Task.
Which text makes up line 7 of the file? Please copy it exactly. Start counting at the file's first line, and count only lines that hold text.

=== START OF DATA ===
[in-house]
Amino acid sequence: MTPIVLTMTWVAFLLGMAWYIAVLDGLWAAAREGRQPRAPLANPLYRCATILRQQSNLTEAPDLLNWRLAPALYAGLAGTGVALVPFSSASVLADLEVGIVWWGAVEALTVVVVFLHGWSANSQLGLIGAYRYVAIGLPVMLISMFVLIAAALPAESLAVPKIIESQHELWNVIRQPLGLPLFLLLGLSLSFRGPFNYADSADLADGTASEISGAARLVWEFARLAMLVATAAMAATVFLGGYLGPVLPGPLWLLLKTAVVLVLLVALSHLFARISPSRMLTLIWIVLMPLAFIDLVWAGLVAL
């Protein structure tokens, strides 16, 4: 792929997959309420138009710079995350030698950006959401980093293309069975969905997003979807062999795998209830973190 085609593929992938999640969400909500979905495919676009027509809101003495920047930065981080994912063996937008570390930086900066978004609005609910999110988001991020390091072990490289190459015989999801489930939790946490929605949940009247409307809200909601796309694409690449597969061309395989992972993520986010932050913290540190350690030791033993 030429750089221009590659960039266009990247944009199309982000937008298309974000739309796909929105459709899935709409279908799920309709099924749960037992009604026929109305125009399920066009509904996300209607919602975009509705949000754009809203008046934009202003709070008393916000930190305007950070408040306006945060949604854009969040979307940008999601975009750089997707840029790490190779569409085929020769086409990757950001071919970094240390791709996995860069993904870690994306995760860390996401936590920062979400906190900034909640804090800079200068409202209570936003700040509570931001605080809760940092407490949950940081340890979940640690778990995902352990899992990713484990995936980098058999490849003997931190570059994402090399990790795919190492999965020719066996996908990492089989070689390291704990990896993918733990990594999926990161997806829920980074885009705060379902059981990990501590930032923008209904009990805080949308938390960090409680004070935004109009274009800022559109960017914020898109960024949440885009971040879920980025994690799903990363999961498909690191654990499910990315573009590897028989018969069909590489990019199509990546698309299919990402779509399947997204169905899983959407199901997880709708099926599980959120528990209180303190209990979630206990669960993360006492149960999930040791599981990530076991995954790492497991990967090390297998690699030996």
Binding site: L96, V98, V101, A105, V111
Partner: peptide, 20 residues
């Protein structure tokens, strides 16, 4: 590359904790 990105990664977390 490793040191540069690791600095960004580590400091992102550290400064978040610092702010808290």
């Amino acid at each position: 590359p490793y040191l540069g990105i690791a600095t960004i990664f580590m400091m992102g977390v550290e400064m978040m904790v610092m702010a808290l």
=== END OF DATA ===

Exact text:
């Amino acid at each position: 590359p490793y040191l540069g990105i690791a600095t960004i990664f580590m400091m992102g977390v550290e400064m978040m904790v610092m702010a808290l």